Facilitating the protection and restoration of species and ecosystems at risk on BC’s South Coast

One of the largest terrestrial snails, the Oregon Forestsnail, is an endangered gastropod whose Canadian population is restricted to southwest BC. Image credit: Pamela Zevit
Tiny floral predators, sundews are often an indicator of the presence of sphagnum bogs, an ancient and rare type of wetland ecosystem. Image credit: Pamela Zevit
The Oregon Spotted Frog is found in only a handful of populations in the Fraser Valley of BC's South Coast. Image credit: Ryan Cloutier
Upland forests represent some of the most bio-diverse ecosystems for plants as well as wildlife on the South Coast
The Stawamus Chief along with the Squamish River are sacred spaces to the First Nations of the Squamish/Lillooet area as well as being a a recreational destination in Howe Sound. Image credit: Pamela Zevit
Coastal sand ecosystems are one of the rarest ecological communities left on the South Coast. Image Credit Tamsin Baker
Wetlands and still waters like Maria Slough represent some of the most important remaining habitat for the critically endangered Oregon Spotted Frog. Image Credit: Monica Pearson
Found in only a few watersheds on BC's South Coast, the Salish Sucker is relic from the last glaciation, part of a group known as the "Chehalis Fauna". Image credit: Mike Pearson
BC's largest shrew, Pacific Water Shrew is at the northern end of its North American range on the South Coast. Image credit: Dennis Knopp
The statuesque Great Blue Heron is an iconic sight on BC's coast. Two subspecies occur in British Columbia, the coastal faninni ssp. being found on the South Coast. Image credit: Winnu (Flickr)

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The role played by invasive species in interactions with endangered and threatened species in the United States: a systematic review The Convention on Biological Diversity (COP 10) has reported “invasive species as 2nd greatest cause of species extinction”, but what is the evidence that such...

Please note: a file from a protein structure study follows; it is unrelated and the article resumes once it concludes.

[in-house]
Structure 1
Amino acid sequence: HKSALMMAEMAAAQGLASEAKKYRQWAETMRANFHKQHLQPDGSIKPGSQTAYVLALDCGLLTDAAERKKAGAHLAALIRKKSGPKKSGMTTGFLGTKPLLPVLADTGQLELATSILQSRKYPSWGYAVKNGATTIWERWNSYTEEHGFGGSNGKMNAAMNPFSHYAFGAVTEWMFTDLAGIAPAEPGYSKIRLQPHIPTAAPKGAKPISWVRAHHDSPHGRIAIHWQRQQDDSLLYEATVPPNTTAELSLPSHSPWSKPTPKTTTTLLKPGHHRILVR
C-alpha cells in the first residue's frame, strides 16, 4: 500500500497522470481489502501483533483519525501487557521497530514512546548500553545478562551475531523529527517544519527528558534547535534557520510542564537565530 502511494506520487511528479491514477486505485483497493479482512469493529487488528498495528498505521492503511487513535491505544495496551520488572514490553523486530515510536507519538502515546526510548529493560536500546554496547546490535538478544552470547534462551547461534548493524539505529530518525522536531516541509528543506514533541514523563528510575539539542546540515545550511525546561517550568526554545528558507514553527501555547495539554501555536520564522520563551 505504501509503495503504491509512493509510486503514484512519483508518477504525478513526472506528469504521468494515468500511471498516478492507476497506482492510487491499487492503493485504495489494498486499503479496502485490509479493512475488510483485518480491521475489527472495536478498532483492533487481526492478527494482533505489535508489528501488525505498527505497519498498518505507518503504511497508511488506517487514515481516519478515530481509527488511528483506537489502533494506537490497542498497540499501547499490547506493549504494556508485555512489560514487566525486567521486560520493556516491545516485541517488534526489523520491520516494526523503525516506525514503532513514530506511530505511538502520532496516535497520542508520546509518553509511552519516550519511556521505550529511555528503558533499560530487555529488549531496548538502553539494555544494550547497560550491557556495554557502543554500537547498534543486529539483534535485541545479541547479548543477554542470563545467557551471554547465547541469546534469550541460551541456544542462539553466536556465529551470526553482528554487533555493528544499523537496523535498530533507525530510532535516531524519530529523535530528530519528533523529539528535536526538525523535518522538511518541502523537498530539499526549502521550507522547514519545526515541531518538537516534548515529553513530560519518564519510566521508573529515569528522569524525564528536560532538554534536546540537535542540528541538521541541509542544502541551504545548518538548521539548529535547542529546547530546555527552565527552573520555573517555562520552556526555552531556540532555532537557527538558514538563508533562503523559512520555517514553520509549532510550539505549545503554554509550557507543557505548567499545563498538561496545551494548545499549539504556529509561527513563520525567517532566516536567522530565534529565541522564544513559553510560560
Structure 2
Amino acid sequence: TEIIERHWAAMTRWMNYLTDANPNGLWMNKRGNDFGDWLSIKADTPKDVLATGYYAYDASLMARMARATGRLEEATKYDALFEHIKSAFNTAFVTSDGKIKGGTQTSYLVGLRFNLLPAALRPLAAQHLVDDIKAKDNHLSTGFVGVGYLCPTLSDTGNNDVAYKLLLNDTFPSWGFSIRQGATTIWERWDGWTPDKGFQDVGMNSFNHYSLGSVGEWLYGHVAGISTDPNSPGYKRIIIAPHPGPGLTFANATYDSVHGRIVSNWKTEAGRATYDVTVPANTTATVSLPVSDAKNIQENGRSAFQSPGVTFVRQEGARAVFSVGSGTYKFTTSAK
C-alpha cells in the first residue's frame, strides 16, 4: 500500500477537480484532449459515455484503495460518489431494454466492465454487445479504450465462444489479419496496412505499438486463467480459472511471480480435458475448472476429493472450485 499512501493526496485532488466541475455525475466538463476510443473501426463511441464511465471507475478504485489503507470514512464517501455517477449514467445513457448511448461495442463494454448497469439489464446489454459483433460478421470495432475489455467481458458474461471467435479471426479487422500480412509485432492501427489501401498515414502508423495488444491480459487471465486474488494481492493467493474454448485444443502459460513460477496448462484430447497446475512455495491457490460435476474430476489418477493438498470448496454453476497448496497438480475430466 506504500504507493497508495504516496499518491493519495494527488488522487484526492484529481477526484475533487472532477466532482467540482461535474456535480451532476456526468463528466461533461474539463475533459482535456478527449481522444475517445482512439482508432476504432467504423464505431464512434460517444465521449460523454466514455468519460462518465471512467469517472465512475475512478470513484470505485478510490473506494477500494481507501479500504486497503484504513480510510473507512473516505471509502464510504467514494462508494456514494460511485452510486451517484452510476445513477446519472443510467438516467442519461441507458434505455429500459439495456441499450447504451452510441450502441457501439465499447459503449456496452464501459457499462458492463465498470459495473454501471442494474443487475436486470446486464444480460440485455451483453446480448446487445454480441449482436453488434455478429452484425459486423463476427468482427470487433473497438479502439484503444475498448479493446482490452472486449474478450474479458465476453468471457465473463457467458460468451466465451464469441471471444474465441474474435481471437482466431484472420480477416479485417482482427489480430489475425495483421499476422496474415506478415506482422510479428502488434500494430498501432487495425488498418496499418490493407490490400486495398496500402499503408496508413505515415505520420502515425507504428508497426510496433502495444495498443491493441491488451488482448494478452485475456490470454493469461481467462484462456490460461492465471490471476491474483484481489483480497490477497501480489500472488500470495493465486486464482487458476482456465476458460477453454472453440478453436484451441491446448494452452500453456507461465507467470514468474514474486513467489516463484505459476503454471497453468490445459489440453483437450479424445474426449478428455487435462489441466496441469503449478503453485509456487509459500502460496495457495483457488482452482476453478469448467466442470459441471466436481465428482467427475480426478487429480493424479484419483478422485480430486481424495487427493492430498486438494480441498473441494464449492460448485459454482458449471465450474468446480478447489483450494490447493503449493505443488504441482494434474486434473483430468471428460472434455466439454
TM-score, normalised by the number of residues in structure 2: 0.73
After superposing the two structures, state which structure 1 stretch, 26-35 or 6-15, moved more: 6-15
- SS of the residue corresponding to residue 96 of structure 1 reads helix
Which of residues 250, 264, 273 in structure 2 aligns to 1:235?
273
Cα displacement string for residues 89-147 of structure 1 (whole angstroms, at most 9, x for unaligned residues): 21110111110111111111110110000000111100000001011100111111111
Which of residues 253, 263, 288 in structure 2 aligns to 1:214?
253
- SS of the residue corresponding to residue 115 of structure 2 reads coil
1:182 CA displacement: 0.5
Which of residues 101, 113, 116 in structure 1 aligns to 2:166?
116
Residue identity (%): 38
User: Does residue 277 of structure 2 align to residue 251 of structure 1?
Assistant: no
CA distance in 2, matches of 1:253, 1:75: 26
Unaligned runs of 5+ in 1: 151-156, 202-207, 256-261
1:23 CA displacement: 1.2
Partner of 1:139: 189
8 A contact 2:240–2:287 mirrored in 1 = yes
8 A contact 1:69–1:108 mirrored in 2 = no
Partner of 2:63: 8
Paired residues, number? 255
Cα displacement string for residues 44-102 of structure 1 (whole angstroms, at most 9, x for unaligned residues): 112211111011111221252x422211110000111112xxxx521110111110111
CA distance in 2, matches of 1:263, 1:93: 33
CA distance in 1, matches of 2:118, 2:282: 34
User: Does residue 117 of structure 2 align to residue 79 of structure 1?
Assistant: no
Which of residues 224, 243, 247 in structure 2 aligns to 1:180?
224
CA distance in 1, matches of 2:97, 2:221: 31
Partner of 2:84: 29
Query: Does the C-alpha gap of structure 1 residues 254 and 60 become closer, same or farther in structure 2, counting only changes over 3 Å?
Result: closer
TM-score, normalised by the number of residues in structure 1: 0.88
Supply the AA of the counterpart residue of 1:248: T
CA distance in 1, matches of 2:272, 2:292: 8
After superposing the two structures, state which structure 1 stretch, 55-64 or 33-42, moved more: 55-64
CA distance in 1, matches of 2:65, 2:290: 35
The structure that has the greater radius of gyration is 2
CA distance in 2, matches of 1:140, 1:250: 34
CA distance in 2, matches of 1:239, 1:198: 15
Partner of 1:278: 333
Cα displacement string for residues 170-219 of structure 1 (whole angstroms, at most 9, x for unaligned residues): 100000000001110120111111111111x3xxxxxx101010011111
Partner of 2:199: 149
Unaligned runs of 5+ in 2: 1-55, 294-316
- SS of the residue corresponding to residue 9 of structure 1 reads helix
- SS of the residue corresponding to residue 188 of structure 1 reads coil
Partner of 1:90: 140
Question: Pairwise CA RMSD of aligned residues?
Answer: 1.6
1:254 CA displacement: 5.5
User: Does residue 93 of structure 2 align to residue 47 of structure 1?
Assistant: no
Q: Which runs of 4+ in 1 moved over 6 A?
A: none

The Footprint Press "Tread Lightly and Listen to the Land" By Tracy Lyster             The Footprint Press is published by the Citizens Against Urban Sprawl Society (CAUSS), as a non-profit community magazine. The magazine evolved to help educate the public...
One Frog, Two Frog, Green Frog, Bullfrog! By Pamela Zevit RPBio. Attending a recent outing to learn about the habits and habitat of our most endangered amphibian, the Oregon Spotted Frog, made me reflect on the issues surrounding our native frog species and their invading cousins. How well do we...
Have you checked out our website lately? Our website has gone through a major reorganization, with oodles of new tools added to the Resources tab and a shiny new stand-alone tab for the Nature Stewards Program! New pages include: Citizen Science Tools, First Nations, Guidelines & Best Practices...
Here is a recap of what we have been up to since our last newsletter, and what is on the horizon for the coming spring/summer: March/April marks the final year of multi-year funding for a number of SCCP projects, including those in partnership with the Fraser Valley Conservancy (FVC) such as the...
The seventh in our series of 'lunch and learn' webinars is now live on the SCCP's You Tube Channel! Our multi-year series has focused on the regulatory responsibilities, tools and resources to address stewardship and protection responsibilities for biodiversity, species at risk and critical...
Native plant gardening workshops and webinars oh my! The SCCP is proud to offer a number of activities to wring in spring 2019 including native plant gardening workshops and our next webinar. Click on our Events and Workshops page to check out upcoming opportunities and to register.
For those that were unable to tune in, or those that would like an encore, our webinar from last week with Josephine Clark of Metro Vancouver and Sarah Gergel from UBC is now posted to the SCCP’s You Tube channel through the following link: https://youtu.be/kgrfoS2RkaE.  You can check out the...

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